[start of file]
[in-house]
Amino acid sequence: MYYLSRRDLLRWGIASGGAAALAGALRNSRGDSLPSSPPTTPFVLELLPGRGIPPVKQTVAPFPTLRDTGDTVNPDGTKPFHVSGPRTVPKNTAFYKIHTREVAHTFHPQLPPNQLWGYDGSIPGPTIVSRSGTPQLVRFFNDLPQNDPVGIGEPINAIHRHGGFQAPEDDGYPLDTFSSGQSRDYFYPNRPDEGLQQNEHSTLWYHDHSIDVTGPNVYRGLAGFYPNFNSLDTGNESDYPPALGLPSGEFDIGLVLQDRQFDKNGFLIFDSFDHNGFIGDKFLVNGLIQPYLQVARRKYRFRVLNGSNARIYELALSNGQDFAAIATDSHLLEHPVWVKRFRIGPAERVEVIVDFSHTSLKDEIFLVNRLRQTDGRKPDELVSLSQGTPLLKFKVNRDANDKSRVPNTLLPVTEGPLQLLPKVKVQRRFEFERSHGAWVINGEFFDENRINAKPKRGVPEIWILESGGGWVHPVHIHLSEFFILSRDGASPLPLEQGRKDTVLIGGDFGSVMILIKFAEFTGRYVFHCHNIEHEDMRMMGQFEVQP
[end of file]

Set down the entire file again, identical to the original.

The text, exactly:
[in-house]
Amino acid sequence: MYYLSRRDLLRWGIASGGAAALAGALRNSRGDSLPSSPPTTPFVLELLPGRGIPPVKQTVAPFPTLRDTGDTVNPDGTKPFHVSGPRTVPKNTAFYKIHTREVAHTFHPQLPPNQLWGYDGSIPGPTIVSRSGTPQLVRFFNDLPQNDPVGIGEPINAIHRHGGFQAPEDDGYPLDTFSSGQSRDYFYPNRPDEGLQQNEHSTLWYHDHSIDVTGPNVYRGLAGFYPNFNSLDTGNESDYPPALGLPSGEFDIGLVLQDRQFDKNGFLIFDSFDHNGFIGDKFLVNGLIQPYLQVARRKYRFRVLNGSNARIYELALSNGQDFAAIATDSHLLEHPVWVKRFRIGPAERVEVIVDFSHTSLKDEIFLVNRLRQTDGRKPDELVSLSQGTPLLKFKVNRDANDKSRVPNTLLPVTEGPLQLLPKVKVQRRFEFERSHGAWVINGEFFDENRINAKPKRGVPEIWILESGGGWVHPVHIHLSEFFILSRDGASPLPLEQGRKDTVLIGGDFGSVMILIKFAEFTGRYVFHCHNIEHEDMRMMGQFEVQP